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Sera derived from skunks, raccoons, opossums and woodchucks trapped in Maryland were examined for neutralizing antibodies to infectious canine hepatitis, canine distemper, canine herpes, and parainfluenza SV-5 viruses. Neutralizing antibodies to infectious canine hepatitis, previously found in skunks in the area, were demonstrated in 6 of 50 raccoons. Sera from 2 of 25 skunks and 21 of 25 raccoons had canine distemper neutralizing antibodies. Infectious canine hepatitis and canine distemper antibodies were not demonstrable in sera of 25 opossums and 9 woodchucks. No neutralizing antibody to canine herpes or SV-5 virus were found in any of the sera tested.
The turtle collection of the New York Zoological Park was tested for the presence of intestinal Salmonella, Arizona, CitrobacterandEdwardsiella spp. Salmonella durham and Edwardsiella tarda were isolated from 11 species, representing 37 specimens of the 127 tested, with a resultant apparent rate of infection of 29%. Arizona and Citrobacter spp. were not isolated.
Sera from normal bighorn sheep (Ovis canadensis) and bighorns with chronic pneumonia attributed to Mycoplasma and bacteria were analyzed by cellulose acetate electrophoresis. Diseased sheep had significantly (p = <0.001) lower albumins, higher α1 and γ globulins, and A/G ratio below 1.0. The electrophoretic patterns, while not disease specific, provide means for detecting sub-clinical chronic disease and monitoring responses to therapy in bighorn sheep.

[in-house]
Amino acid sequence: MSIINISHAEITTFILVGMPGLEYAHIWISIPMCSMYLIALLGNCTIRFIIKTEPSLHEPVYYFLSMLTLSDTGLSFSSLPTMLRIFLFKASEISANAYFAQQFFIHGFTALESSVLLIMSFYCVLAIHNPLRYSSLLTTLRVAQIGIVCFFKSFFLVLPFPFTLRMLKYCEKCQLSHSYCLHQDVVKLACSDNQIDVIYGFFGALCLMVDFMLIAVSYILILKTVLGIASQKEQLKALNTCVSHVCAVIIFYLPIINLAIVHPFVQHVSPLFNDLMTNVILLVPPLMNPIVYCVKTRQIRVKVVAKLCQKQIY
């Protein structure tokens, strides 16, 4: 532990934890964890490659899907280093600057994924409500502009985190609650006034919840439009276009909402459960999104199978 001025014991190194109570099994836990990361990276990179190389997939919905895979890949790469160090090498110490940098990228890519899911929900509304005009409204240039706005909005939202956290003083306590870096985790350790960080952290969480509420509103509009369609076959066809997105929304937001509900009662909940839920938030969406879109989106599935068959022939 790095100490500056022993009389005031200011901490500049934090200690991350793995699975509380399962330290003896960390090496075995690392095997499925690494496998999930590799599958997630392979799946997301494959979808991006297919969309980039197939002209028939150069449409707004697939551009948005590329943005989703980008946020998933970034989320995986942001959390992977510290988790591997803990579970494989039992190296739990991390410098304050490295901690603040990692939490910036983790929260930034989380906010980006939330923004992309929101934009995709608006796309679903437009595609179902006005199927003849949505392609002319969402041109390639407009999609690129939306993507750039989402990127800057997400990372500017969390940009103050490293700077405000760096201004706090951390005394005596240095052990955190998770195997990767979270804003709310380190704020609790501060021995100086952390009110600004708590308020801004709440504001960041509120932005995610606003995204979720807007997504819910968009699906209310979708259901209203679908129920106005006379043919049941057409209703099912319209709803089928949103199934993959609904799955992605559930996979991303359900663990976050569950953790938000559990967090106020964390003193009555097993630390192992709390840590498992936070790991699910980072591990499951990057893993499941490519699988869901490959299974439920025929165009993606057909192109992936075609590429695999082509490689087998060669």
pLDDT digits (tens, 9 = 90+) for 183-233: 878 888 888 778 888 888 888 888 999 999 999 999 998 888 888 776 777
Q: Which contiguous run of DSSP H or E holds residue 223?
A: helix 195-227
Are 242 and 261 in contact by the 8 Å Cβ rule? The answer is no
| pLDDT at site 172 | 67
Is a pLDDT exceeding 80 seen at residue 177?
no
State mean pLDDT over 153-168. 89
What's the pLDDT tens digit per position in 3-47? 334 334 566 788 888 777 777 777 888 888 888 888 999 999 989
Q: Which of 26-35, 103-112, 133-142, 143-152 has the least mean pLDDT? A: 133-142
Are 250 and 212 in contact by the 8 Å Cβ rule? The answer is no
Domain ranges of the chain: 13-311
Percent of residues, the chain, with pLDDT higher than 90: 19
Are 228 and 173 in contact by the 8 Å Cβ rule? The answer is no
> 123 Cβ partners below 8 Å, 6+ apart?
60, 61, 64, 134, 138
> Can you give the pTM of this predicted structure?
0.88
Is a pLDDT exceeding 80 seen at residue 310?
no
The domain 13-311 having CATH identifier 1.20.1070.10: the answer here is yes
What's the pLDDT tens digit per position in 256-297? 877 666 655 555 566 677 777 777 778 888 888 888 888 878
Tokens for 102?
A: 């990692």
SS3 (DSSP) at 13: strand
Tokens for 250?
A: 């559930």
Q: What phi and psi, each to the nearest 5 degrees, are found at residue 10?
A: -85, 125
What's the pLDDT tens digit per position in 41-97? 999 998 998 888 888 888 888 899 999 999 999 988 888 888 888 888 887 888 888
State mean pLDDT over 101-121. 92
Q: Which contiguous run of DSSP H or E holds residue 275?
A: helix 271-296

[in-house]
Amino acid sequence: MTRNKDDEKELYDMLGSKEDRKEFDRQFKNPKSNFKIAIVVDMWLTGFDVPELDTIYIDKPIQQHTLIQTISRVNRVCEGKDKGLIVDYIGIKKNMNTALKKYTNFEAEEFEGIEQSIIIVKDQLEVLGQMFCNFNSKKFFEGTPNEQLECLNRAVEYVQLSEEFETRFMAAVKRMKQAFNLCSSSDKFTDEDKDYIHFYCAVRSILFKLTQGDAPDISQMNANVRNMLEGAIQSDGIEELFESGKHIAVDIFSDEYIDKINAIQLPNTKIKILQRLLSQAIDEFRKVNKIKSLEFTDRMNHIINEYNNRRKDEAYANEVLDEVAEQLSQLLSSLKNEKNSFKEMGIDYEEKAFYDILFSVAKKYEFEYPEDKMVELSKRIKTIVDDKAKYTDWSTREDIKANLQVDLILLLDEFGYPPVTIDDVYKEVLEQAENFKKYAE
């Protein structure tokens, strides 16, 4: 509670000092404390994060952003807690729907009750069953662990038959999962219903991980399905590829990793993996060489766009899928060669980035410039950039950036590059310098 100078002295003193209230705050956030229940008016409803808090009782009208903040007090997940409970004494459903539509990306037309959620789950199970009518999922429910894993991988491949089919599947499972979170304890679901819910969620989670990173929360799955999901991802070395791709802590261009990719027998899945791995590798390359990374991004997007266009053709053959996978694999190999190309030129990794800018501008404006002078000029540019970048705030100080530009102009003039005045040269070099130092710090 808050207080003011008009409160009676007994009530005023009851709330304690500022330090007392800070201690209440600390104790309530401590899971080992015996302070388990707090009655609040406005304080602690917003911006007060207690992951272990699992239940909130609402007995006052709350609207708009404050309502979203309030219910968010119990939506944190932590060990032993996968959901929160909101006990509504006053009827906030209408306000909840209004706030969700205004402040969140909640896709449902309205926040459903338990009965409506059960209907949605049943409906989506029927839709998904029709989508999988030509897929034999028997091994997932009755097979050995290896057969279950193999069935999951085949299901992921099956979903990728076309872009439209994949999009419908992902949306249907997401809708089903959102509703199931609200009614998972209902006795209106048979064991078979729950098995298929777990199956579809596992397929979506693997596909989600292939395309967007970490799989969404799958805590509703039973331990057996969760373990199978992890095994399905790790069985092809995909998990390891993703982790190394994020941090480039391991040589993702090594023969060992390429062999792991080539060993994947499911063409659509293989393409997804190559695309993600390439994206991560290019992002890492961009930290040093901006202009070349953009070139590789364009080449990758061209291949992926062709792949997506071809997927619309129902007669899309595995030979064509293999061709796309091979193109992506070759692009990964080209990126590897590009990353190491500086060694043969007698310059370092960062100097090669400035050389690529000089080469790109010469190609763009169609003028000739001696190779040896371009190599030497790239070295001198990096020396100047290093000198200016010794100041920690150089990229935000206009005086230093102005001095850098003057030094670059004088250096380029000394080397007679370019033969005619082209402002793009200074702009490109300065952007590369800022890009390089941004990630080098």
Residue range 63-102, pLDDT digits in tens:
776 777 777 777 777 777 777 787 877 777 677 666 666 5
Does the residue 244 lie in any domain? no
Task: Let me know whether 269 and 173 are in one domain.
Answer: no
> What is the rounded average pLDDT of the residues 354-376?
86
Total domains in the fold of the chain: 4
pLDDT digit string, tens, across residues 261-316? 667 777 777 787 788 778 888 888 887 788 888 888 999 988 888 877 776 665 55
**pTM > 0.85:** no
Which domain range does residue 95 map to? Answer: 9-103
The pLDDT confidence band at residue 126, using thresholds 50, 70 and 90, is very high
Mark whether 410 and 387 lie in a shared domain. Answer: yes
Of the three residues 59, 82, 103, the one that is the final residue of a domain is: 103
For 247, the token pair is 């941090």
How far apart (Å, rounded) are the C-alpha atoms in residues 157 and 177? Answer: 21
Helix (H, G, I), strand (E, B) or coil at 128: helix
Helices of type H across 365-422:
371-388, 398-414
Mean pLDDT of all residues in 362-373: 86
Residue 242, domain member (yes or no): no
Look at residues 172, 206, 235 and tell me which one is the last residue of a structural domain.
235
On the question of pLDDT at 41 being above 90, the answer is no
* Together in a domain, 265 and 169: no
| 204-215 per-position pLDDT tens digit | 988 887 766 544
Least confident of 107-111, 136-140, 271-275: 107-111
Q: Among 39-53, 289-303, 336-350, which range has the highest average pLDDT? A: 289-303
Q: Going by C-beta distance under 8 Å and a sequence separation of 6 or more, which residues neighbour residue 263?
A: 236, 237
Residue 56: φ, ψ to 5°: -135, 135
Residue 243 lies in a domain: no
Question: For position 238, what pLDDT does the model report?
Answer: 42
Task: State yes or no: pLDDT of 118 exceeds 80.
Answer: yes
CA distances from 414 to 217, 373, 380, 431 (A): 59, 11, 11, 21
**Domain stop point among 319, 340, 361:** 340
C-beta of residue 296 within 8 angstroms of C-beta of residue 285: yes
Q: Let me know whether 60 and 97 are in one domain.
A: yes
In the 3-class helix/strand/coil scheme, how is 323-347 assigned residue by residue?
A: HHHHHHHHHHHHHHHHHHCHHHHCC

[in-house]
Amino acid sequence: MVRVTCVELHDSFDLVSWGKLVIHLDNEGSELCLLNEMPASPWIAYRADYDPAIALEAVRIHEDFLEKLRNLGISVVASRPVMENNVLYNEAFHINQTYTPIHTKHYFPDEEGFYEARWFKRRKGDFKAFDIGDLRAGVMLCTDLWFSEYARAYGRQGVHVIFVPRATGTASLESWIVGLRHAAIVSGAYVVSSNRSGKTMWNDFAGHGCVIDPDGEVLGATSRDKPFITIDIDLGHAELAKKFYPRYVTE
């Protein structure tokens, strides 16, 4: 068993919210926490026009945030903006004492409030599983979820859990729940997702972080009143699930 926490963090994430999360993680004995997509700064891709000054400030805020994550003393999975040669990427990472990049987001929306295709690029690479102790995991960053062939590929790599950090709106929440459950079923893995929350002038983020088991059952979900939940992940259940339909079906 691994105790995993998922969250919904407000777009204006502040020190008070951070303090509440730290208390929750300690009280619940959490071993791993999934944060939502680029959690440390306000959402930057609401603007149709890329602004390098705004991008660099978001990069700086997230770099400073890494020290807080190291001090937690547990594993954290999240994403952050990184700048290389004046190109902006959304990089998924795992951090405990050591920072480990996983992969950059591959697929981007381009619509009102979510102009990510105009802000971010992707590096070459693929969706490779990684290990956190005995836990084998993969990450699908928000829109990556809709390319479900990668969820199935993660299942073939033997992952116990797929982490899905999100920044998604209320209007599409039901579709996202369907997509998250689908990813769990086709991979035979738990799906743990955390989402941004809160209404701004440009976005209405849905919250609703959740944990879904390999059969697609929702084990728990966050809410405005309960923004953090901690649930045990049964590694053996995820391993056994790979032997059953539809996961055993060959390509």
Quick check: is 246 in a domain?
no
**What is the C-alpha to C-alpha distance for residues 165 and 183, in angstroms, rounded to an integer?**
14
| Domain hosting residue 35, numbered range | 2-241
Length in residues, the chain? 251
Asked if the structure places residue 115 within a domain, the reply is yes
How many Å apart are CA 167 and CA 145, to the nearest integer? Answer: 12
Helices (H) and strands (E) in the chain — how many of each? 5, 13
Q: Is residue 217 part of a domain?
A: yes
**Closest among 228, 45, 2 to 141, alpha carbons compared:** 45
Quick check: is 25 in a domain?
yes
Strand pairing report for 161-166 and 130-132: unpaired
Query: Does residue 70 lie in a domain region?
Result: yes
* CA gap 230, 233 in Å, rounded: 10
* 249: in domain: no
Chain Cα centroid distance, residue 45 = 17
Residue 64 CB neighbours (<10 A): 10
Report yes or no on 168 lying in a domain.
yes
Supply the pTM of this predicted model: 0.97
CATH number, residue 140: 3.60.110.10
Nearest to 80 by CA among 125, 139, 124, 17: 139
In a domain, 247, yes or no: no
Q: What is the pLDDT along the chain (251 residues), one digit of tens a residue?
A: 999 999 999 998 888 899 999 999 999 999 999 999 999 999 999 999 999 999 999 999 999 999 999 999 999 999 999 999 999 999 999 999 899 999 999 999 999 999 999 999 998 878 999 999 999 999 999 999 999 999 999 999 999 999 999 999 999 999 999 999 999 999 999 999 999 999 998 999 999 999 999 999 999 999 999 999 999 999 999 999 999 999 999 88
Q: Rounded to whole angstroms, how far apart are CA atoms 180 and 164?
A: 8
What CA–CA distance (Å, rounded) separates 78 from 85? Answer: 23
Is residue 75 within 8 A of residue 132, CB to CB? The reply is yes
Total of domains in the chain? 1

The onset and course of disease in a captive herd of Rocky Mountain bighorn sheep (Ovis canadensis) were studied. Major clinical signs were diarrhea, persistent coughs, mucopurulent nasal discharges, loss of weight, poor pelage appearance, and delayed pelage shedding. Primary pathological findings in 16 of 17 deaths were related to pneumonia. Mycoplasma arginini, Pasteurella sp., and Streptococcus sp. were isolated and considered probable etiologic agents. Parasites were not considered to be a primary cause of the clinical signs or the lung disease observed. Hematological changes indicated the chronicity of the disease and had prognostic and limited diagnostic value. Amyloidosis was observed in seven animals, suggesting a high susceptibility of the bighorn to secondary amyloidosis.